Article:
Патент USA US2114393код для вставки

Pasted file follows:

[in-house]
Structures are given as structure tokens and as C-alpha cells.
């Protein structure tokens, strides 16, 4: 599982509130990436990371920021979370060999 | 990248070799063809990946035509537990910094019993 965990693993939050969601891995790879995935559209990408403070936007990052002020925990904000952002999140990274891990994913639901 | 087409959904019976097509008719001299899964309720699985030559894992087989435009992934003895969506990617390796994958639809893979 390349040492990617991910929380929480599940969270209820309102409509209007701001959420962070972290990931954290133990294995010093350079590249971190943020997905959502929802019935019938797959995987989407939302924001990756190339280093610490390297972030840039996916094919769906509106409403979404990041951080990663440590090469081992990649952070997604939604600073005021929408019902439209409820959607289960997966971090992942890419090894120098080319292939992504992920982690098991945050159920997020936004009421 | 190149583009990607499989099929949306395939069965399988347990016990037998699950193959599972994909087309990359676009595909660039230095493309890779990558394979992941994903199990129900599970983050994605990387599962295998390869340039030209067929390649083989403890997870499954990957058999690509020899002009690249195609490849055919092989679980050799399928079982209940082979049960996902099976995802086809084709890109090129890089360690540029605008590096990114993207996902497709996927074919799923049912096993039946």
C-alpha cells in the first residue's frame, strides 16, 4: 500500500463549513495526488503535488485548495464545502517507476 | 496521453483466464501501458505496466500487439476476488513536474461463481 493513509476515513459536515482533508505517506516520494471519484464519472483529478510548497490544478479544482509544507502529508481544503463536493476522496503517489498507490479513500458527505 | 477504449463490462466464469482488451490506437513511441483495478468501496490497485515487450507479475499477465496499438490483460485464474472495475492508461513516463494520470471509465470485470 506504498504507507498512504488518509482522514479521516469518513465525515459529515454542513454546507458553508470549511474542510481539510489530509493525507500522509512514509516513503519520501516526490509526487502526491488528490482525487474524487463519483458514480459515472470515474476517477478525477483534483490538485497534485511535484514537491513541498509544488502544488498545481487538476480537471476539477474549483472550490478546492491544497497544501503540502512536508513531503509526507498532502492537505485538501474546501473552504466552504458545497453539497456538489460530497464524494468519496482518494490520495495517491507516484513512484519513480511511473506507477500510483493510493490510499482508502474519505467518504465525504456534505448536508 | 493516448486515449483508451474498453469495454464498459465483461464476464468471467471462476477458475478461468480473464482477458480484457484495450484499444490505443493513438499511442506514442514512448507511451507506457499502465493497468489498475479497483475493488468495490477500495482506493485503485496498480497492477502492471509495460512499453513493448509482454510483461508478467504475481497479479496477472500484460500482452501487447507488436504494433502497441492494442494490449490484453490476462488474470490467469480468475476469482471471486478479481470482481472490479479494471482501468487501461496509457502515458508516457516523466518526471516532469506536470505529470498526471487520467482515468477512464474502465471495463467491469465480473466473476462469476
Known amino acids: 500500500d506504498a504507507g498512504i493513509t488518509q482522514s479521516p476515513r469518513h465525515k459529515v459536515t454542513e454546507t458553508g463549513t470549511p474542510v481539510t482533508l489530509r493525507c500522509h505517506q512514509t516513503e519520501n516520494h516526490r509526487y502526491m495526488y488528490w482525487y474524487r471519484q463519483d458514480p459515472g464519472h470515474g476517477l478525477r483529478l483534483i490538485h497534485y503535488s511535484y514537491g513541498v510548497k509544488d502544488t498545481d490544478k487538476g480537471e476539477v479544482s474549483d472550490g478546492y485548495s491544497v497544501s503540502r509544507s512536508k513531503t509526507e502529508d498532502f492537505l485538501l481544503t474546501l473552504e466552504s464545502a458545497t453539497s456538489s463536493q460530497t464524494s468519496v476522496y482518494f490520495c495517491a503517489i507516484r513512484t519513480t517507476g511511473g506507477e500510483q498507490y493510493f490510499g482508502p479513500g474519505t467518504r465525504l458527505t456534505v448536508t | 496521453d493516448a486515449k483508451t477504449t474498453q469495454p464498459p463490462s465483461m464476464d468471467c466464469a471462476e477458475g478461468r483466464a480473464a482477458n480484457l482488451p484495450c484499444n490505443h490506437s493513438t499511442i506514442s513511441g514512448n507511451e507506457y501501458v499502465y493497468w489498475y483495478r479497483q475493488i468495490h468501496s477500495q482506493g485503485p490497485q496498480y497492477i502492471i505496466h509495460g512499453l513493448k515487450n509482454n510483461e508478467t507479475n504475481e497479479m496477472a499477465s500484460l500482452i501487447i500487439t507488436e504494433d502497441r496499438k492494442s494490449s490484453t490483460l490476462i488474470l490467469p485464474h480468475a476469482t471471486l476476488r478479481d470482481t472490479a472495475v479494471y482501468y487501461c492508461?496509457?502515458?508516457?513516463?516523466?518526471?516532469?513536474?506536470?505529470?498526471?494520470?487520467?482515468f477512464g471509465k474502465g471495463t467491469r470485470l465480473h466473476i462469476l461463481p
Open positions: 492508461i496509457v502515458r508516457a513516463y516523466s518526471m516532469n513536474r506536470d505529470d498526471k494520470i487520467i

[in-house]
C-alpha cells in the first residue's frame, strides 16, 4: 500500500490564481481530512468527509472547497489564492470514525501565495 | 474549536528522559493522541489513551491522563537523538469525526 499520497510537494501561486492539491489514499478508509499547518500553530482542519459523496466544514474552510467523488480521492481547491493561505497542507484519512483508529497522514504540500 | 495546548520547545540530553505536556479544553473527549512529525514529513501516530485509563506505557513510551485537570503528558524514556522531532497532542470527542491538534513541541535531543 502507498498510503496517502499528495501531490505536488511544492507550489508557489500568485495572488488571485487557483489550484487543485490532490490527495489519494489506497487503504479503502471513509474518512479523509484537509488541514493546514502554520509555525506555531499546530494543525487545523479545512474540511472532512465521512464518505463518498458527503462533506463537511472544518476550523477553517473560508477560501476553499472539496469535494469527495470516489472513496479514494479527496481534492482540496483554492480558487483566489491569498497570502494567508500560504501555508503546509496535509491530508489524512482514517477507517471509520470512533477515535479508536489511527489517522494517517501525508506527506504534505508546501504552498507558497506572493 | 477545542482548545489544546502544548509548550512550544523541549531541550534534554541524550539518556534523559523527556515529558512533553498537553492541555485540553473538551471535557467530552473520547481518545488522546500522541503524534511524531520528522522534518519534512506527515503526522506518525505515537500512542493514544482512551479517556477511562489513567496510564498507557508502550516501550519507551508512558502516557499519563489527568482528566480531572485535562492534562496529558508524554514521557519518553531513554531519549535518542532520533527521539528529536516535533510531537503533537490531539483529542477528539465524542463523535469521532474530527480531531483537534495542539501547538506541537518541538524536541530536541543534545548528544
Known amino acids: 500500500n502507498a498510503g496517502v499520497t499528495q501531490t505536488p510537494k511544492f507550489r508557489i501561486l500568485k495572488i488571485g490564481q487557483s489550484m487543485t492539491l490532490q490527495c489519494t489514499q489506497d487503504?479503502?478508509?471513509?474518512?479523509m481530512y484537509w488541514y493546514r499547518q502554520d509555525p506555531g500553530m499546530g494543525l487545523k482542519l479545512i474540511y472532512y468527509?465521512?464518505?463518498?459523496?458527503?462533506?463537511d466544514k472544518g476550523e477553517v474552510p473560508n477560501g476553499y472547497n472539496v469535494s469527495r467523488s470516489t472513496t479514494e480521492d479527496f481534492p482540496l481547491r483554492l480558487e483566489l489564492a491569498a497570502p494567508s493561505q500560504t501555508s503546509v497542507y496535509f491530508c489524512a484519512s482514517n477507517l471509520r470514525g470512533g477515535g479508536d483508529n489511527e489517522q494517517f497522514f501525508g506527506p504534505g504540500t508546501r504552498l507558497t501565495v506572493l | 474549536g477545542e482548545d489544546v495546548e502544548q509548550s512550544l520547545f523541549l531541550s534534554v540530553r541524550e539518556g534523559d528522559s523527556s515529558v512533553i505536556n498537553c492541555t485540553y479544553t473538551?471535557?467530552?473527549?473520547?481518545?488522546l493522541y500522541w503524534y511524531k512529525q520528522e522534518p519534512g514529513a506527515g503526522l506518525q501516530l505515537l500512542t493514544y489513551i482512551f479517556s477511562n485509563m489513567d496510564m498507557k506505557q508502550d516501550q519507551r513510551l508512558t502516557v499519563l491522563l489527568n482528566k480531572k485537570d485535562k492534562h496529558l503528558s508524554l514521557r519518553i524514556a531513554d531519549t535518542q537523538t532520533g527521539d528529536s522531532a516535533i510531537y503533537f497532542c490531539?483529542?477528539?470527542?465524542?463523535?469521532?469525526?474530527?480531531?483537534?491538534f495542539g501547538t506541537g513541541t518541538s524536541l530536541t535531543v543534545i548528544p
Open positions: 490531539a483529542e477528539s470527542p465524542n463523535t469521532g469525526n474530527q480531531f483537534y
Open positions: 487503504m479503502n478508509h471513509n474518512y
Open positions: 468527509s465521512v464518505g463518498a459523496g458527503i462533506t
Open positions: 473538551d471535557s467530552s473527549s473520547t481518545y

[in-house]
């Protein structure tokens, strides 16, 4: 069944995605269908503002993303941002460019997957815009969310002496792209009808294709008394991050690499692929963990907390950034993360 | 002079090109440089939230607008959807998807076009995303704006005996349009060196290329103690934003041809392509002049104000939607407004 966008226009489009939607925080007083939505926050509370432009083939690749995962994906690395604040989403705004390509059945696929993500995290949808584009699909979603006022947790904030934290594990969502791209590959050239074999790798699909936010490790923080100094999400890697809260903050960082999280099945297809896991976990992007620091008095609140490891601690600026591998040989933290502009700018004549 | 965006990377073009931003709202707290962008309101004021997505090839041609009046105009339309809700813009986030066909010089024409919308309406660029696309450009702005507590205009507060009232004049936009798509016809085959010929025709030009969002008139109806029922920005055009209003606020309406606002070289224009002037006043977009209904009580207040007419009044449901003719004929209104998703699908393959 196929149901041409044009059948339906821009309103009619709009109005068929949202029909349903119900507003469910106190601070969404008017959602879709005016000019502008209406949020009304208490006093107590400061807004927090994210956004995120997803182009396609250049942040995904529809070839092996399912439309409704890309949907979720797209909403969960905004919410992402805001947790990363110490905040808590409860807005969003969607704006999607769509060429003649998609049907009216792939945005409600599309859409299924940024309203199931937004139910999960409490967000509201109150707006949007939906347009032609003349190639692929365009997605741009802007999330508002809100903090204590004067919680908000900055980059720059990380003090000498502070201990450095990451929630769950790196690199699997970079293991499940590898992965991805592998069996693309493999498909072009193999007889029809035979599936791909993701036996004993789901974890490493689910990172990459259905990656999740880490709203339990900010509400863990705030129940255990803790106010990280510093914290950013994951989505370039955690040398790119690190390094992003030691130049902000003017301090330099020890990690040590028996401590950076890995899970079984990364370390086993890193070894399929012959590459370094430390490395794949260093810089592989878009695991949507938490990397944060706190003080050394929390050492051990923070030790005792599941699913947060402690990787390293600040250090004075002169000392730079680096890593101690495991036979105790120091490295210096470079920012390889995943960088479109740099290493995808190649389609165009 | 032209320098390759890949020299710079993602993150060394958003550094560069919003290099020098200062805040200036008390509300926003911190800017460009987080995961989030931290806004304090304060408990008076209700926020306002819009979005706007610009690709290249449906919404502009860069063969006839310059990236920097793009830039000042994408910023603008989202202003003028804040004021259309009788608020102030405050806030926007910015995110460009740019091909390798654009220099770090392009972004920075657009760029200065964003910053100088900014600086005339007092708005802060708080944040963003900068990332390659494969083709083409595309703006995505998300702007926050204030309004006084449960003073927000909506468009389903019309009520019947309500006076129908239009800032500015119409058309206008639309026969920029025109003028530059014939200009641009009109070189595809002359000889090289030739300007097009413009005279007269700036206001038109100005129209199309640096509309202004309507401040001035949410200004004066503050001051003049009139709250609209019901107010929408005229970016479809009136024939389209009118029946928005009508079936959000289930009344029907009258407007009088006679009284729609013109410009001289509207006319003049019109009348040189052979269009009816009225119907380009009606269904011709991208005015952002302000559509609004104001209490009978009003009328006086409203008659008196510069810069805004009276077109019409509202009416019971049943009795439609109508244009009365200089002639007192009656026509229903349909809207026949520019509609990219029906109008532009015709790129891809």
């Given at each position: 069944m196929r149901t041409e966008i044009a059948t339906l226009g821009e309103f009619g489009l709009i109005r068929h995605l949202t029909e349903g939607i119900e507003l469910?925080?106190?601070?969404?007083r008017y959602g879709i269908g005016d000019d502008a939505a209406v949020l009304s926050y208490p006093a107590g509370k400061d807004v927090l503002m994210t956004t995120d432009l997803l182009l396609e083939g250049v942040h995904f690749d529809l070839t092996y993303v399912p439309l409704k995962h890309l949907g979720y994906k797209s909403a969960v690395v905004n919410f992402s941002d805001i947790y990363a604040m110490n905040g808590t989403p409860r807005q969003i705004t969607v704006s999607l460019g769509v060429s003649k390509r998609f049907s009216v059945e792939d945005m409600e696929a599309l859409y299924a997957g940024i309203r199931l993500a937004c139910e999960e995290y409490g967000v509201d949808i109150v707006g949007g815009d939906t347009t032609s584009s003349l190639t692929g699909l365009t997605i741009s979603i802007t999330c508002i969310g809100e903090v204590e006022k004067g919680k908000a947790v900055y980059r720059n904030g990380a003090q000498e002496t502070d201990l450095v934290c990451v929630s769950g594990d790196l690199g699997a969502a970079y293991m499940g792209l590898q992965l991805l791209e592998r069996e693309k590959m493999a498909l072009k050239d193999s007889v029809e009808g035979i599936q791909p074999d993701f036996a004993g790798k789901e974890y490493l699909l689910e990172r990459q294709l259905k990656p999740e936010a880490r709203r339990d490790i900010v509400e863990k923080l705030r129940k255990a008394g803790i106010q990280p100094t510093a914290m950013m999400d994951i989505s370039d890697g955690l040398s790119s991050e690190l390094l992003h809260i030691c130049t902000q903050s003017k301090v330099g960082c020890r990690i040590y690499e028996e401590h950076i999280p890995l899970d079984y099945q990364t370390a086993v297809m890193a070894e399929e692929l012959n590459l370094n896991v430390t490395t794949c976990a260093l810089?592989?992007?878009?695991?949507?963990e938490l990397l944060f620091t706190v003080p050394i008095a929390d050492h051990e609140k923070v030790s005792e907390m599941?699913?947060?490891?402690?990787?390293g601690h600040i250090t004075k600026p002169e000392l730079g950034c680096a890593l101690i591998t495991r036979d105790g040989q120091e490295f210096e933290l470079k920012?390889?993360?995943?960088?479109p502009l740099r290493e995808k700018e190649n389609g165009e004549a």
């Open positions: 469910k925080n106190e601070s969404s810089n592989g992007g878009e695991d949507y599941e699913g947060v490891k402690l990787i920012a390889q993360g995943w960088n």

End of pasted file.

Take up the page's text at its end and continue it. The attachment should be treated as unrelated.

‘Patented ‘Apr. 19, 193av 2314393 UNITED ‘STATES PATENT OFFICE 2,114,393 GBEASEPROOF IMPBEGNATED ARTICIE AND "METHOD OF PREPARING Fred H. Lane, Hilladalc. N. 1,1813!“- to Her cules Powder Company. W?mlngto corporation ‘of Delaware No Drawing. Application April 3, 1936, Serial No. 12,537 . 6 Claims. (CI. 91-68) ?exibility of the impregnated article, rendering materials impervious to fats, greases, oils, and such petroleum hydrocarbons, and to the method of trade.impregnated article highly desirable to the manufacture thereof. ‘ This invention relates to impregnated porous 5 Heretofore, many attempts have been made to prepare impregnated materials proof against the penetration of fats, greases, oils and light pe troleum hydrocarbons, with retention of the ?ex ibility of the impregnated material. For exam 10 ple, felt, paper, cardboard, and the like has been impregnated with rubber, cellulose nitrate, cellu lose acetate, resins, and the like, all of which are relatively expensive, but all have suffered from the disadvantage that they were penetrated 15 or dissolved by petroleum greases, oils, and light petroleum hydrocarbons. Also, many attempts have been made hereto fore to prepare impregnated materials proof against penetration by fats, greases, oils and 20 light petroleum hydrocarbons, by impregnating porous substances with physical mixtures, such 25 30 35 40 as shellac and castor oil. However, when these impregnated articles are maintained at elevated temperatures for a considerable length of time, separation of the ingredients occurs, the shellac precipitates and the castor oil sweats out, with consequent loss of the oil and grease-proof prop erties of the materials. Attempts have also been made to use as the saturant of porous materials the substance known to the trade as Vinsol resin (trade-mark regis tered, No. 303,219, by Hercules Powder Com pany), which is, broadly speaking, a gasoline insoluble resin obtained, for example, from pine wood 'by extraction of comminuted pine wood by a coal tar hydrocarbon, removal of the vola tile substances from such extract to produce a mixture of solid resins, extracting such solid resin mixture by a volatile paraffin hydrocarbon to remove rosin from said resin mixture, and recovering a para?in hydrocarbon-insoluble resin substantially free from rosin, all as is more fully described and claimed in application for United States Letters Patent, Serial No. 61,745, ?led 45 January 31, 1936 by Lucius C. Hall. However, the above-described resin is hard and brittle, in compatible with softening agents, of an acid re action, and renders the saturated, porous arti cles hard and brittle, instead of soft and pliable, 50 as is desired. The resin known as Vinsol resin may be reacted or esteri?ed with polyhydric alcohols, e. g. ethyl- 5 ene glycol, propylene glycol, di-ethylene glycol, glycerol, pentaerythritol, etc., to produce esters which are substantially neutral,‘ and which, surprisingly, retain the same high di-electric strength and resistance to oils, greases and hy- 10 drocarbons as that possessed by the unesteri?ed resin. Fatty acids of gylcerides may be included in the esteri?cation, to form modi?ed esters of varying degrees of mobility, and at the same time possess a' high degree of pliability and re- 15 tain the oil-resistance, insolubility and high di electric strength of the unesteri?ed resin. The resin and the polyhydric alcohol may be reacted in widely varying proportions, but ordinarily the amount of polyhydric alcohol employed will be 20 at least equal to that required for complete chemical combination with the resin, and will ‘ preferably be in excess of the exact combining weight by 10 to 200%. The polyhydric alcohol may be added to the resin all in one portion at 2 Cll the start of the reaction, or in several portions during the reaction, as desired. The reaction of the resin and the polyhydric alcohol will be carried out in the presence of heat, the temperature range employed varying 30 with the particular polyhydric alcohol used, but generally within the range of about 100° C. to about 300° 0., preferably 200° C. to 300° C. If desired, the reaction may be conducted in an autoclave to prevent escape of the polyhydric 35 alcohol, and, if desired, esteri?cation catalysts, as hydrochloric acid, sulfuric acid, p-toluene sul fonic acid, etc., may be used. After the reaction is completed, which may require from 5 to 50 hours, depending upon the 40 conditions, the polyhydric alcohol used, etc., any excess polyhydric alcohol moved by subjecting the preferably under vacuum. Thus, by the use of the obtain a product having an present may be re mass to distillation, resin and glycerol, I 45 acid no. of 35, a melt ing point (drop method) 154.5° C., a gasoline insolubility of 93.3%, a petroleum ether insolu bility of 99.0%. By the use of ethylene glycol and the resin I obtain a product having an acid 50 I have found that, by the use of a saturant no. of 35, a melting point (drop method) of 124° comprising esters of the resin known to the trade ‘ C., and a gasoline insolubility of 96.9%. By the as Vinsol, as hereinafter described, I obtain im use of di-ethylene glycol and resin I obtain a pregnated articles proof against oils, greases, hy product having an acid no. of 15, a melting point 55 droc-arbons, etc., and at the same time retain (drop method) of 117° C.-, and a gasoline insolu~ 55 2,114,393 2 bility of 98.5%. By the use of tri-ethylene glycol and the resinv I obtain a product having an acid no. of 16, a melting point (drop method) oi.’ l13.5° C., and a g-asoline-insolubility of 98.4%. By the use of the resin and (ii-ethylene glycol and caster-“oil, I obtaina'product having an acid no. of 23.5,1a‘ melting point (drop. method) of 72° C., and a gasoline-insolubility of 98.8%. Sim ilarly, use of the resin and ethylene glycol and 10 soya bean oil produced a resin having an acid no. of 22, a melting point (drop method) of 735° C., and a gasoline-insolubility of 93.2%. tar hydrocarbon, removing said hydrocarbon by evaporation, extracting the residue with a pe troleum hydrocarbon, and recovering a gasoline insoluble resin. 2. Porous, ?brous material impregnated with a high di-electric strength,v non-sweating resin comprising esteri?ed pine wood resin produced by extracting resinous wood with a coal tar hydro carbon, removing said hydrocarbon by evapora tion, extracting the residue with a petroleum hy 10 drocarbon, and recovering a gasoline-insoluble resin. The resin esters of the class hereinbefore de-v - 3. Porous, ?brous material impregnated with scribed, while substantially insoluble in petro-l the product oi the reaction of a polyhydric alco hol and a; pine ‘wood resin produced by extracting 16 15 leum hydrocarbons, are readily‘ soluble in acetone, ‘ resinous wood with a coal tar hydrocarbon, re toluene, benzene, hydrogenated petroleum~ cuts 7 moving said hydrocarbon by evaporation, extract (Solvesso), and the like. ' . In practicing my invention, I take any suitable porous material, e. g. paper, cardboard, i‘elt, cloth, 20 sheet pulp, pulp board, flannel, etc., and thor oughly impregnate it with the esteri?ed resin in a molten state or in solution in a solvent, and then allow the impregnated material to cool or remove the solvent, if solvent be used. For ex 25 ample, I may thus impregnate a felt washer, and render the washer oil-resistant and ?exible, for use in 011 lines, electric transformers, gasoline pumps, oil retainers for automobile axles, etc. Again, I may impregnate a formed, ?annel box 30 toe with the resin ester, to give it strength to hold its shape, yet be somewhat resilient, but not brit tle, as are box toes made with various resins. Again, I may impregnate cotton tape with the resin ester, thus forming an insulating tape for 35 electrical work, since the tape so impregnated has a high di-electric strength, is ?exible, and main tains its ?exibility at high temperatures. Again, I may impregnate with the resin ester strips or sheets of paper or cloth, thus forming electrical insulating'material for use V40 motor and transformers. in coil winding for I . What I claim and desire to protect by Letters Patent is: 1. Porous, ?brous material impregnated with a resin comprising esteri?ed pine wood resin pro 45 duced by extracting resinous wood with a coal ing the residue with a petroleum hydrocarbon, and recovering a gasoline-insoluble resin. 4. Porous, fibrous material impregnated with 20 the product of the reaction of a polyhydric alco hol, a glyceride, and a pine wood resin produced by extracting resinous wood with a coal tar hy drocarbon, removing said hydrocarbon by evapo ration, extracting the residue with a petroleum 25 hydrocarbon, and recovering a gasoline-insoluble resin. - 5. Method of preparation of oil- and grease proof materials comprising reacting in the heat a pine wood resin produced by extracting resinous 30 wood with a coal tar hydrocarbon, removing'said hydrocarbon by evaporation, extracting the resi due with a petroleum hydrocarbon, and recover ing a gasoline-insoluble resin, and a polyhydric alcohol, and impregnating a porous, ?brous ma terial therewith. 6. Method of preparation of oil- and grease proof materials comprising reacting in the heat a pine wood resin produced by extracting resinous wood with a coal tar hydrocarbon, removing said 40 hydrocarbon by evaporation, extracting the resi-- . due with a petroleum hydrocarbon, and recover ing a gasoline-insoluble resin, a polyhydric alco hol, and a glyceride, and impregnating a porous, ?brous material therewith.